Om Mani Padme Hum

Om Mani Padme Hum  is one of my favorite mantras. Translated directly, it means something like: the jewel is in the lotus flower. One of my teachers explained this metaphor to me: if we peel away the layers of our identity (much as one might peel away the many petals of a lotus flower), we reveal our true nature (the jewel inside). If we let go of the transient labels we by which define ourselves (and they’re all transient), we uncover our inner light. We can find moksha, freedom.

We can begin to peel away these layers in meditation by questioning the pieces of our identity: Who would I be if I lost my job title? Who would I be if I lost a leg? Who would I be on mood-altering drugs? Who would I be if went through gender reassignment surgery? You may find that even after you’ve whittled down to the bare bones of your identity, there’s still a conscious observer who can ask the question, Who am I now? Once you can’t think of any more pieces to dismiss from your identity, ask yourself, How is who I am different from who anyone else is? Underneath all of the layers that separate us, you will find that which connects us all.

Om Mani Padme Hum came to my mind today while I was reading fellow students’ tributes to one of my most influential and beloved teachers, Jacques-Andre Larrivée, who recently passed away. One person’s tribute quoted something that he always used to say:

Qui es-tu pour penser que tu peux changer le monde?
Qui es-tu pour penser que tu peux changer?
Qui es-tu pour penser?
Qui es-tu?

Who are you to think you can change the world?
Who are you to think you can change?
Who are you to think?
Who are you?

This same peeling away of ayers as we can do in meditation, as described above. But in this case we deconstruct a dharma, a purpose: changing the world. The amazing thing about this deconstruction is that if we get to the point that we can answer, “Who?” (independent even of identity) we unearth our enormous power:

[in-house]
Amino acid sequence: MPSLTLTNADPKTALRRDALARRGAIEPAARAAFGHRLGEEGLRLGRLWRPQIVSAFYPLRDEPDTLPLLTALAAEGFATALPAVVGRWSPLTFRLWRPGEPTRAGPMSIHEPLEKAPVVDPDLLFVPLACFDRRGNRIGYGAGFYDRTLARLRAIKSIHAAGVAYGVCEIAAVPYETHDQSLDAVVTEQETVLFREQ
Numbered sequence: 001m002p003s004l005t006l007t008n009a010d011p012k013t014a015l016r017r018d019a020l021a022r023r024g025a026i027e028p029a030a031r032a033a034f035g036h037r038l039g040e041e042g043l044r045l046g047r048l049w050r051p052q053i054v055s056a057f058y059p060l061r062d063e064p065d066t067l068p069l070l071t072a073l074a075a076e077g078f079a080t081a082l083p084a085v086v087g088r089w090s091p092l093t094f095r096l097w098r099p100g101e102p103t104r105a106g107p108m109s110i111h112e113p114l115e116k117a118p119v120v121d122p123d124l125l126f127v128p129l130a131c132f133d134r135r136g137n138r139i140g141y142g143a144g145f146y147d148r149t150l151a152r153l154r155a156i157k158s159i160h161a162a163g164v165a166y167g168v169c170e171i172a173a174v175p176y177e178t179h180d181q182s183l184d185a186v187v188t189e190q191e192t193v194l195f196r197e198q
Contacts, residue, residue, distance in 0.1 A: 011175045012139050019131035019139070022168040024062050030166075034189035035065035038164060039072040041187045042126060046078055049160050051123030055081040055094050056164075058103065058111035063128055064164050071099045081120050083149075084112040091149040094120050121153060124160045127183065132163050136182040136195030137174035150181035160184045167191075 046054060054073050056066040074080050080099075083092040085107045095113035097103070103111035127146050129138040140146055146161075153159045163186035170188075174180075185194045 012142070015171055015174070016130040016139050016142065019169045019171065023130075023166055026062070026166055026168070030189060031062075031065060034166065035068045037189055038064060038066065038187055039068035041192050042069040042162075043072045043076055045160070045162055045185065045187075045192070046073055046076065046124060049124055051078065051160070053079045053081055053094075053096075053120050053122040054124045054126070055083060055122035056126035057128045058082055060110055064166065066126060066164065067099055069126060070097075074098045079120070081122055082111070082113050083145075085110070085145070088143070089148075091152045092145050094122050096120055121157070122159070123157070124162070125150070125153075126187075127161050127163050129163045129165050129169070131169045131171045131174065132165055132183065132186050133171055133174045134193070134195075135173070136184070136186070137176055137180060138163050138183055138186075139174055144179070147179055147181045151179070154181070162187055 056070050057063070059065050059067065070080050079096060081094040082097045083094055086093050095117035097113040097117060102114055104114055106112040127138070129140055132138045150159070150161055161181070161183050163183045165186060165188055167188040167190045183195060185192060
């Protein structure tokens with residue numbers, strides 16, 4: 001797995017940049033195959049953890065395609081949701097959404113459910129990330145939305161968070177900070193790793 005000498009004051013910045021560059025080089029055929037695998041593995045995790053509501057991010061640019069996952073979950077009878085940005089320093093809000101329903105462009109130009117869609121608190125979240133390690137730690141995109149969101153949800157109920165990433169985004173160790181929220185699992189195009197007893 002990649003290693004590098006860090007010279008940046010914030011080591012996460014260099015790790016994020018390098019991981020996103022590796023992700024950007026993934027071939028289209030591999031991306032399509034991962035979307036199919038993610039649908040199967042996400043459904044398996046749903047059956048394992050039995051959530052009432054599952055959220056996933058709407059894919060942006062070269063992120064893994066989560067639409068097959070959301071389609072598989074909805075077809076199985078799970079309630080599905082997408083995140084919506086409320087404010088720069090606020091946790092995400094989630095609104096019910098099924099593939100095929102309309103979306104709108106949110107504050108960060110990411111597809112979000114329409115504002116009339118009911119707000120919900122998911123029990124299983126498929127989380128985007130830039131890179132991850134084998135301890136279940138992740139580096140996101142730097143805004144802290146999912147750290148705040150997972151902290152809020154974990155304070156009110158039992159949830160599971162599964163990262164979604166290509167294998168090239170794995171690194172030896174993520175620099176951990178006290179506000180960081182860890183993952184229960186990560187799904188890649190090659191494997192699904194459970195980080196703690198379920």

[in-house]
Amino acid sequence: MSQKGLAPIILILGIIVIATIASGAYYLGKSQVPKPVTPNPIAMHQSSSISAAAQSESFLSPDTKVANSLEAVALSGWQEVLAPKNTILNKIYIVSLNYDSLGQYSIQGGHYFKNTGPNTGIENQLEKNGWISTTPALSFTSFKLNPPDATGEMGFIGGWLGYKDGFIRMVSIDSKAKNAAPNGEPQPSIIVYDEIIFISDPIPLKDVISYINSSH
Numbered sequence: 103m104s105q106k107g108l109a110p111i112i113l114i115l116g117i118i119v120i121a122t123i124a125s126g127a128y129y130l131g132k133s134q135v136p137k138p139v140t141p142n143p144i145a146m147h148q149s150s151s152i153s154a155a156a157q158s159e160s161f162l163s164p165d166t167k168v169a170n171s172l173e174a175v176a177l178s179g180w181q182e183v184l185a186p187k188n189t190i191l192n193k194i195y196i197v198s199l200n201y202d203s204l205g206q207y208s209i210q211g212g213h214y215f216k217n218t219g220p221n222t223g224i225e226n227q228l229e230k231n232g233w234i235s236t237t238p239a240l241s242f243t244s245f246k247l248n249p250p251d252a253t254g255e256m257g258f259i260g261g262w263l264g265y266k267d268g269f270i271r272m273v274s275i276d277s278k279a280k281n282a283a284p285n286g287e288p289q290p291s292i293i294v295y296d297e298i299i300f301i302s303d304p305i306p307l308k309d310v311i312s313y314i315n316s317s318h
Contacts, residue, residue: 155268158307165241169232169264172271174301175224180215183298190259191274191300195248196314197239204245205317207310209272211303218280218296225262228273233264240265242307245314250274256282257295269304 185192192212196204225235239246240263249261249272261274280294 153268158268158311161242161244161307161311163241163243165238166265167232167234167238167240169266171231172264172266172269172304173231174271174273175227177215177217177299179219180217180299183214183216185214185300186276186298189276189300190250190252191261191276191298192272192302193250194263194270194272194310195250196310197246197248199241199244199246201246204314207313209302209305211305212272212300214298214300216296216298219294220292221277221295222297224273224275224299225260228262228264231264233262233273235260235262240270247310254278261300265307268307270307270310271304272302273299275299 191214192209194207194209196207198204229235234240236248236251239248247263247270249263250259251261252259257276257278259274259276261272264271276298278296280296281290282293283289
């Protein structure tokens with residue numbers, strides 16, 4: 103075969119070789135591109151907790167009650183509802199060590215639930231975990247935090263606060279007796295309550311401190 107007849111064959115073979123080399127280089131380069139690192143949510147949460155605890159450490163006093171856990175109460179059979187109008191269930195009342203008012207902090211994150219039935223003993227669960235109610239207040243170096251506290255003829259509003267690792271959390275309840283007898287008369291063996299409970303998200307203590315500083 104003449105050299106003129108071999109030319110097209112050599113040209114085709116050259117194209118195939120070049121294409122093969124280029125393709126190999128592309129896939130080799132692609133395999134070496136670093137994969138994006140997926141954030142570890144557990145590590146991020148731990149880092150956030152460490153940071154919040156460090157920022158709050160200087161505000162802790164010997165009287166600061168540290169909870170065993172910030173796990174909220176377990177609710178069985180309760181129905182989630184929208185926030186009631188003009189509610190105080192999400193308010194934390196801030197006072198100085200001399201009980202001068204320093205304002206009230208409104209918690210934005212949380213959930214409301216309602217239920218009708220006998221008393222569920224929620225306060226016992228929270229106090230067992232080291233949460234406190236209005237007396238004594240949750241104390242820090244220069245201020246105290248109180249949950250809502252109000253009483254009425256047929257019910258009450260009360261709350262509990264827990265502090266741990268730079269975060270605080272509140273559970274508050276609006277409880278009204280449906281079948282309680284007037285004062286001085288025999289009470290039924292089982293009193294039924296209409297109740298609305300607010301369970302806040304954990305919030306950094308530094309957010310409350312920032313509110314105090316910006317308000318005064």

Who? The continuity of the universe,…
Who are you? —a significant and dynamic scope of it—
Who are you to think? …expressed as an intelligent system…
Who are you to think you can change? …whose identity is more a matter of perspective than one of reality…
Who are you to think you can change the world? …and who simultaneously takes part in the world, contains the world, and is the world.

That’s who you are to think you can change the world.

Om mani padme hum.

What is the path to enlightenment?

Q: What is the path to enlightenment?

A: According to Putanjali’s Yoga Sutras, enlightenment is attained in seven stages. Including the final stage, these form the Eight Limbs of Yoga:

1. Yamas: Hindrances (Nonviolence, Truthfulness, Nonstealing, Moderation, Non-possessivenes)
2. Niyamas: Oberservances (Purity, Contentment, Self-discipline, Self-study, Surrender)
3. Asana: Poses
4. Pranayama: Control of life-force through breath
5. Pratyahara: Withdrawal of the senses
6. Dharana: Concentration
7. Dhyana: Meditation
8: Samadhi: Non-dualistic consciousness

The last three limbs are so similar and seamless that Putanjali groups them together as samyama (perfectly controlled). Still, they are distinct stages:

Concentration (dharana) is binding the attention of the mind to a single object, place, or idea. Meditation (dhyana) is the continuous flow of consciousness toward an object. Samadhi is deep absorpotion on the object without thought of the self. Then, the essential nature of the object shines forth. (3.1-3.3) Through mastery of samyamah, knowledge born of intuitive insight shines forth. (3.5)

Even in the workout-focused yoga classes of the West, breadcrumbs that lead you along the path are still there. In public yoga classes, the focus is often on asana, the poses, and sometimes pranayama, the breath, but if you listen carefully, the other limbs of yoga are often threaded through many teachers’ cues. When yoga teachers suggests you avoid pushing so hard that you’re gasping for breath, they are talking about non-violence, one of the yamas. When they remind you to be happy in your variation on the pose, rather than grasping for the variation the person beside you is taking, they are talking about contentment, one of the niyamas. When teachers tell you focus the eyes and the mind on a drishti, a focal point, during balancing poses, they are talking about pratyahara, withdrawal of the senses. When you hear cues about detaching yourself from mental chatter and keeping your focus on your breath during savasana, corpse pose, your teachers are talking about samayama, the last three limbs.

All of this said, Putanjali’s system is only one way to journey toward enlightenment. There are many other paths.